6. A furnace in combination according to claim 5, in which, with respect to each of said chamber openings, the longitudinal central axes of said jet nozzles meet in a point upstream and on said median perpendicular of said central cross-sectional plane of that chamber opening.
7. A furnace in combination according to claim 1, in which each of said jet nozzles is provided with a throttle device.
8. A furnace in combination according to claim 1, in which each of said cooling gas delivery pipes opens into said furnace housing; in which each of said jet nozzles is disposed in the shell of a partial cylinder which has a pivot shaft which coincides with a pivot axis of said jet nozzles; and which includes for each partial cylinder a sealing member which sealingly surrounds the associated cooling gas delivery pipe where the latter opens into said furnace housing; each of said sealing members is disposed parallel to its associated partial cylinder, the shell of which, during pivoting, rests in a sealing manner against said sealing member.
9. A furnace in combination to claim 1, in which said jets have a reduced rate of pivot in the vicinity of their extreme positions.
10. A furnace in combination according to claim 1, in which the diameter of a given one of said jets is at least one tenth of the distance from said jet to the point at which cooling gas coming from that jet strikes said charge.
11. A furnace in combination according to claim 1, in which at least two opposite sides of said heating chamber are provided with substantially identical chamber openings and jets for delivering cooling gas to a charge in said heating chamber.
12. A furnace in combination according to claim 11, in which each of said cooling gas delivery pipes for said jets is provided with throttle valve means which can regulate flow independently of one another.
13. A furnace in combination according to claim 1, which includes a flow volume regulator which is disposed upstream, i.e. ahead, of said blower for regulating the velocity of said cooling gas which is delivered to said jets.
Description
BACKGROUND OF THE INVENTION

1. Field of the Invention

The present invention relates to an industrial furnace, especially a single chamber vacuum furnace, for heat treating metal workpieces. The furnace has a heating chamber which is disposed in a furnace housing, and receives a charge; the heating chamber can be heated via heating elements, and is provided with at least one closable chamber opening through which there can be passed a cooling gas which, with the aid of a blower, can be circulated through a heat exchanger. To control the flow of cooling gas arriving through the cooling gas delivery pipe, a distribution means which can be moved back and forth during the cooling process is pivotably mounted in the region of the chamber opening provided for the entry of the cooling gas.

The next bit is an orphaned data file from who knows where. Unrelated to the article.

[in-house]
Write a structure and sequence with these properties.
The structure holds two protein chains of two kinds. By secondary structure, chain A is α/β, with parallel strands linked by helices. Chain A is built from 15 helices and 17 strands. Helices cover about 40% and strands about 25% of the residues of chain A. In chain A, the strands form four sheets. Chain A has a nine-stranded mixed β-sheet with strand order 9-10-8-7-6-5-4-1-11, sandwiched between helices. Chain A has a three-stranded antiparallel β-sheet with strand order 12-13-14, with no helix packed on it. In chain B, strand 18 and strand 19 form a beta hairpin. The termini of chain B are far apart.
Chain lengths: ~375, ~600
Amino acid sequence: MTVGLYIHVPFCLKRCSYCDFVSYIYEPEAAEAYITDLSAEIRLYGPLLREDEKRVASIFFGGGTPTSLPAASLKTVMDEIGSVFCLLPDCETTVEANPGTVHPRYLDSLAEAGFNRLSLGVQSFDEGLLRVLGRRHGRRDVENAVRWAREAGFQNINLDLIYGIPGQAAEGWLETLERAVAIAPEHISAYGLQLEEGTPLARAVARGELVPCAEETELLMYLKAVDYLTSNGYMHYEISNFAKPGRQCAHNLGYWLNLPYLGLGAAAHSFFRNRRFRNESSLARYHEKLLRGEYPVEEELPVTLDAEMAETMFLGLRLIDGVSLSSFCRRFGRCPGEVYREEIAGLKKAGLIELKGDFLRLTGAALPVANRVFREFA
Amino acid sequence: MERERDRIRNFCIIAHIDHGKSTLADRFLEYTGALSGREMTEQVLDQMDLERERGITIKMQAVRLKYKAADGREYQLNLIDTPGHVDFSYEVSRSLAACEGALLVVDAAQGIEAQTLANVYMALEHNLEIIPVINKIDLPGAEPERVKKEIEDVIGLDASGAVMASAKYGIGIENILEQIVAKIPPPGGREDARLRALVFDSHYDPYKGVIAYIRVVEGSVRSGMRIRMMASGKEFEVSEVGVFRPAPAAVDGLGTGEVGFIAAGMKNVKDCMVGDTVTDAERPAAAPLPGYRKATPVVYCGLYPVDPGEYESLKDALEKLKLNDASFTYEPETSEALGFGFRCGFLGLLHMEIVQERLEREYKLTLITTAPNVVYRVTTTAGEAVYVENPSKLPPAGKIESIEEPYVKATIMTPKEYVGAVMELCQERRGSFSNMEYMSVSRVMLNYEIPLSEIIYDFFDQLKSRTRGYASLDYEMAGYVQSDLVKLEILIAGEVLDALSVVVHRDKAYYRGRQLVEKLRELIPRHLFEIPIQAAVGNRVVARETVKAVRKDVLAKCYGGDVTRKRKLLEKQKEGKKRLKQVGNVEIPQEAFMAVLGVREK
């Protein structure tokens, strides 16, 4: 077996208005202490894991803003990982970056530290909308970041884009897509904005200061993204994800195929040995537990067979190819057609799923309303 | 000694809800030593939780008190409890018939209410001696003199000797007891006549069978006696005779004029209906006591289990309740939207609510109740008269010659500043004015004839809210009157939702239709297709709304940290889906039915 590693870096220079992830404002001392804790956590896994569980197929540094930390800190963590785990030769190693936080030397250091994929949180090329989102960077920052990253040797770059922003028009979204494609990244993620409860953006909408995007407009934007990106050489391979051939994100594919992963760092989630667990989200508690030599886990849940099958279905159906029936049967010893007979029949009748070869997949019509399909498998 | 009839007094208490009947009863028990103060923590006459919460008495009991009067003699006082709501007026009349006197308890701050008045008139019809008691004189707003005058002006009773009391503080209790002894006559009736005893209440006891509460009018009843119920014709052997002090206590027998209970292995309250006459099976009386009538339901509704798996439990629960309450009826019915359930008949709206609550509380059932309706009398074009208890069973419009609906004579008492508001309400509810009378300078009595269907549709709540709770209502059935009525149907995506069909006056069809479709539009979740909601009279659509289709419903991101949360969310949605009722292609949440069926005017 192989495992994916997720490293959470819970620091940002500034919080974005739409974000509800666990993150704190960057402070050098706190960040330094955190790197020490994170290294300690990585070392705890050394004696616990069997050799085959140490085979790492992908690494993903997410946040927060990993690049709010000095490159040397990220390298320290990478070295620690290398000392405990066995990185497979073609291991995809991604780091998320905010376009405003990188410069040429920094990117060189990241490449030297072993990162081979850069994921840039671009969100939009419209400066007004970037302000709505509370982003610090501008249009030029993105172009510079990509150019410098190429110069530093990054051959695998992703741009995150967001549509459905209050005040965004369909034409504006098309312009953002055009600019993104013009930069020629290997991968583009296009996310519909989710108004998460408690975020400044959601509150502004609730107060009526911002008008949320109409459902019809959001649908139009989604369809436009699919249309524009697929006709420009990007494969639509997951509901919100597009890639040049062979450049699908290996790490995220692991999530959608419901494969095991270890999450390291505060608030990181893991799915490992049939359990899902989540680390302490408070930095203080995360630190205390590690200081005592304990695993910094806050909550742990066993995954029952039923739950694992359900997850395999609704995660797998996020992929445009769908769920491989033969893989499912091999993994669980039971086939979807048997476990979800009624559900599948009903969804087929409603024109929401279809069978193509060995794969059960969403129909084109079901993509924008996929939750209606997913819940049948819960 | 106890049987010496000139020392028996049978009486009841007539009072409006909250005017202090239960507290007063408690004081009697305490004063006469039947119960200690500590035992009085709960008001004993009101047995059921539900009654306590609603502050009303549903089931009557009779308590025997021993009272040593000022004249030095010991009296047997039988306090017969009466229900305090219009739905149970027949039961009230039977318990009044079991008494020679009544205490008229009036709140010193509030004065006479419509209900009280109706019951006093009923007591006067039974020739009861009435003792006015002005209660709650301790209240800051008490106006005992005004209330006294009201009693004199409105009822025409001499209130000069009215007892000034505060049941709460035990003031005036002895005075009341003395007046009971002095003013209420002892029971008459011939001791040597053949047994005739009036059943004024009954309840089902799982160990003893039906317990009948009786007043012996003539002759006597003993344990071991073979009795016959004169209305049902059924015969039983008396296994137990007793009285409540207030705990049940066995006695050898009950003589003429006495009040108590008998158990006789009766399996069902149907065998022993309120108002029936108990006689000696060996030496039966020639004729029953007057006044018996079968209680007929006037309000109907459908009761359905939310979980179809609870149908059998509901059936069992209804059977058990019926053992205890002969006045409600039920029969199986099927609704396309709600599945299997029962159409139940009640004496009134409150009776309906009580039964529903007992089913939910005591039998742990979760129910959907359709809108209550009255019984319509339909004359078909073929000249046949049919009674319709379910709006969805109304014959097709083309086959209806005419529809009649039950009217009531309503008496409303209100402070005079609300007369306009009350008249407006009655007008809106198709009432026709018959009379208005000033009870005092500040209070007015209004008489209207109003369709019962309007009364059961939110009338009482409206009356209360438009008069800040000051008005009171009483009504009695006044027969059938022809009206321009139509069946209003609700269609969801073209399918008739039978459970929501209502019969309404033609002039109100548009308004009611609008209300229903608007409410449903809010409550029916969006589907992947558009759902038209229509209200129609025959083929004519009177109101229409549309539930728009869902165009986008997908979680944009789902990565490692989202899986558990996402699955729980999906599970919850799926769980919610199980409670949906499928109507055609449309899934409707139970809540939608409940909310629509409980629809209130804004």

2. Description of the Prior Art

Industrial furnaces of this general type are used, in particular, in order to be able to harden pieces of high-speed steel tool and other tool steel. However, such furnaces are also suitable for other thermal treatments, such as for bright annealing. A furnace of this type comprises a double-walled steel housing having a front door which can be opened, thus permitting access to the heating chamber. The heating chamber comprises a steel casing which is lined with heat insulating material. The top and the bottom of the heating chamber are provided in a customary manner with a large opening for the passage of gas. During the heating and pretension cycles, these openings are closed-off by insulated blocking cover plates. The upper opening of the heating chamber for the passage of gas is connected directly via a pipe connection to the delivery pipe of a blower.